building:min_level, building:max_level, min_level, max_level

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building:min_level, building:max_level, min_level, max_level

dieterdreist
I just noticed once again both tags are around:

A)
building:min_level
building:max_level (is used but AFAIK not documented)

and B)
min_level
max_level

Version A is used and defined here:

Version B mentions the tags for buildings, but doesn't specify the details:

Do we really need 2 ocmpeting tags for this? If yes, we should add the prefixed variant to the building page as well. Usage numbers are low,"mixed" and not clearly in one direction or the other.

Cheers,
Martin

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Re: building:min_level, building:max_level, min_level, max_level

Tordanik
On 08.10.2018 15:55, Martin Koppenhoefer wrote:
> Version A is used and defined here:
> https://wiki.openstreetmap.org/wiki/Key:building:levels
> https://wiki.openstreetmap.org/wiki/Key:building:min_level
> https://wiki.openstreetmap.org/wiki/Simple_3D_buildings
>
> Version B mentions the tags for buildings, but doesn't specify the details:
> https://wiki.openstreetmap.org/wiki/Simple_Indoor_Tagging
>
> Do we really need 2 ocmpeting tags for this?

These aren't intended as competing tags, but as complimentary tags. A
perfectly mapped building (indoor mapping + outdoor 3D modelling) should
currently use both sets of tags. The tags mentioned in A are used for
describing the outer shape of the building, whereas the tags from B are
used for indoor mapping.

These different use cases result in somewhat different conventions for
the tags:

- A is only counting above-ground levels (because only those can be
verified without entering the building), whereas B includes underground
levels.
- B allows for things like "skipped levels", to reflect naming
conventions chosen by the building owners, whereas A is strictly about
counting levels, and does not take local customs for naming levels into
account at all.

The goal of mapping both is to match up the outdoor and indoor
rendering. Or putting it differently, it answers the question which
floor should be visible behind which row of windows.

Of course, we can imagine alternative approaches for achieving this. For
example, there could be some kind of tag that explicitly expresses
"outdoor-level 0 corresponds to indoor-level -1". If we find a solution
for the problem that's easier to understand and use that the currently
documented one, it may be worth considering. But the S3DB building:*=*
tags on their own are not a suitable replacement for Simple Indoor
Tagging's min/max levels.

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Re: building:min_level, building:max_level, min_level, max_level

dieterdreist
Am Mo., 8. Okt. 2018 um 17:39 Uhr schrieb Tobias Knerr <[hidden email]>:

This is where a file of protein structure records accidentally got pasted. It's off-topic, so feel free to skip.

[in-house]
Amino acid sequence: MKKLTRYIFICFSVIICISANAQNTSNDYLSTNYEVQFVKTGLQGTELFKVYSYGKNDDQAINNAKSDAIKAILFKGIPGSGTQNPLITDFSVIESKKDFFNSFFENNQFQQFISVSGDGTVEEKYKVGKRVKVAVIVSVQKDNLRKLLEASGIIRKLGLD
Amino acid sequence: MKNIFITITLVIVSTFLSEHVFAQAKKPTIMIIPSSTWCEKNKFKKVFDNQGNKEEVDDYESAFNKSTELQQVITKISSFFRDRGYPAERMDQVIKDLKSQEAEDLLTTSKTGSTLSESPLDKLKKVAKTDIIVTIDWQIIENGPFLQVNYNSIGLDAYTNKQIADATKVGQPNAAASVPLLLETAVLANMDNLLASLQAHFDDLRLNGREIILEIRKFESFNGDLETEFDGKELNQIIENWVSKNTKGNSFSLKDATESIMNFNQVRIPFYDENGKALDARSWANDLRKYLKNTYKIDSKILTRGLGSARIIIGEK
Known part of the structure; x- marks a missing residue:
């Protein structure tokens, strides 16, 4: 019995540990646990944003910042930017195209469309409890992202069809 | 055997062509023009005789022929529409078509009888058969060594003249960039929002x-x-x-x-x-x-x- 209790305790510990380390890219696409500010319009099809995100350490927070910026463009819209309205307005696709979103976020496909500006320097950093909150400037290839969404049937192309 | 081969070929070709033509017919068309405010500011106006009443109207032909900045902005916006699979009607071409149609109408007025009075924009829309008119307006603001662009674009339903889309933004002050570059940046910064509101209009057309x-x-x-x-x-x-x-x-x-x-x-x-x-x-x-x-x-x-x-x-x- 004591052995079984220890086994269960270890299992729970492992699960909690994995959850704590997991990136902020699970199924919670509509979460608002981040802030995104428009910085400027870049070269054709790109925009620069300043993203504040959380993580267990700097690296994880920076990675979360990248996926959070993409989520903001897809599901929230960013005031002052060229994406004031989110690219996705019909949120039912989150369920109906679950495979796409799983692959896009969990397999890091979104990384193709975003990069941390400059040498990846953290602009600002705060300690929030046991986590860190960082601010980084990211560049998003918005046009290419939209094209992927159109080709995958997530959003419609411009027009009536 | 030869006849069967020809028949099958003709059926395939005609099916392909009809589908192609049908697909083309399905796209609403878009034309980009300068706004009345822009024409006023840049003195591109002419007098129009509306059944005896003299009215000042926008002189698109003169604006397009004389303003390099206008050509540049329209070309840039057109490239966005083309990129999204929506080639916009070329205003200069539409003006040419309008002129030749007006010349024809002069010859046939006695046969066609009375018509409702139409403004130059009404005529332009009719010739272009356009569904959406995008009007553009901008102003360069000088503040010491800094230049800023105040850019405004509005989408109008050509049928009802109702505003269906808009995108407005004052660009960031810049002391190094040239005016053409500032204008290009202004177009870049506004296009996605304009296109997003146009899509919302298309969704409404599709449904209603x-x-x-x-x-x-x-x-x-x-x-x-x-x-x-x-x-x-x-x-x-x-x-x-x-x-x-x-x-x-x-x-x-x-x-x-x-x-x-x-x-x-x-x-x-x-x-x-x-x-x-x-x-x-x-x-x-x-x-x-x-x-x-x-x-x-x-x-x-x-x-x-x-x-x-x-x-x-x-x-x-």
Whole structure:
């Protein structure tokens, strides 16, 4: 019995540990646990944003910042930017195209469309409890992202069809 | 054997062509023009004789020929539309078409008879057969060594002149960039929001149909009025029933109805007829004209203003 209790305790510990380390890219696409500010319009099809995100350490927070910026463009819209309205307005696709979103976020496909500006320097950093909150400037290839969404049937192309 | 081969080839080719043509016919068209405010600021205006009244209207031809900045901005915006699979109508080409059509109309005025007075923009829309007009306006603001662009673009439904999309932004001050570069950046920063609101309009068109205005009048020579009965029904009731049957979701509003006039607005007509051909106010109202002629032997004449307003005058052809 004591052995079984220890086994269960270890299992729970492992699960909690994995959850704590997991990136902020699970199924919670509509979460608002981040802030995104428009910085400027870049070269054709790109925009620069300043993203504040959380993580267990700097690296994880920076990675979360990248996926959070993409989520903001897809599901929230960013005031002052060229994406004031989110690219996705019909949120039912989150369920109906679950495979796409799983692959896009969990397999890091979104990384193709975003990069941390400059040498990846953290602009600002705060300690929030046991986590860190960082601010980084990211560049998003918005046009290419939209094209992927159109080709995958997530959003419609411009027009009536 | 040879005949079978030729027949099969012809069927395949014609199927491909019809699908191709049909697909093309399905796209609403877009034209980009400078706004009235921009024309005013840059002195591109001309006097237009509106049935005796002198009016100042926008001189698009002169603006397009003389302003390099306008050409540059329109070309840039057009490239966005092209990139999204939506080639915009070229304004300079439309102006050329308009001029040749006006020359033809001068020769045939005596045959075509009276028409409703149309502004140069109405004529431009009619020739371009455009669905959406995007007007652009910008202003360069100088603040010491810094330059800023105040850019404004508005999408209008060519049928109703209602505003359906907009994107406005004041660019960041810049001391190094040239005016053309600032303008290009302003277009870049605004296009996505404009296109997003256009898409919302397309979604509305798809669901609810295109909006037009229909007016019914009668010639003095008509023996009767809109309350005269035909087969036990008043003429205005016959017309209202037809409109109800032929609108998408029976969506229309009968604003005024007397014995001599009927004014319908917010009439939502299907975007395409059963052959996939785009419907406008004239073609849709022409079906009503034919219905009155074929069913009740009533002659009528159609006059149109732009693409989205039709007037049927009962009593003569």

These aren't intended as competing tags, but as complimentary tags. A
perfectly mapped building (indoor mapping + outdoor 3D modelling) should
currently use both sets of tags. The tags mentioned in A are used for
describing the outer shape of the building, whereas the tags from B are
used for indoor mapping.



 

These different use cases result in somewhat different conventions for
the tags:

- A is only counting above-ground levels (because only those can be
verified without entering the building), whereas B includes underground
levels.


A is not counting only above ground levels.
It is counting these in building:levels, but it has "building:levels:underground" for underground levels and has also roof levels separate.
The building:min_level definition says it is "For describing number of values, "filling" space between ground level and bottom level of building or part of building". min_level=-1 is a common value for the tag according to taginfo, and it doesn't seem to contradict the definition (if a "negative fill" is accepted).


 
- B allows for things like "skipped levels", to reflect naming
conventions chosen by the building owners, whereas A is strictly about
counting levels, and does not take local customs for naming levels into
account at all.


I agree that both is useful, local naming/ref and the physical situation. From what I understand, we do not need building:max_level for scheme A (because the number of building levels is already clear from the 3 building:levels tags).

I was using ranges and lists in the level tag so far, something that seems to be common as well: https://taginfo.openstreetmap.org/keys/level#values

I can see the min_level and max_level and non_existent_levels tags are useful for describing Indoor stuff (POIs, also building parts), but it is basically a two/three-tag-alternative to "level" with a range or list value. Minor nitpick: rather than "non_existent_levels" the name "skipped_levels" would have been nice, as it would also refer to generally existing levels (in the building) which are skipped in the specific building:part.

A disadvantage from max_level and min_level and non_existent_levels is that you cannot infer the amount of total levels (if the definition is levels as locally used/signed), because you can never know how many levels there are in between level 1 and level 2 (in actual buildings). It could well be there are levels 1.1, 1.2, 1.3 or SU and SO. or foobar. We should definitely agree on to what the max_level and min_level tags refer (if they are written in local level names/refs, what would make sense, I agree).

Cheers,
Martin


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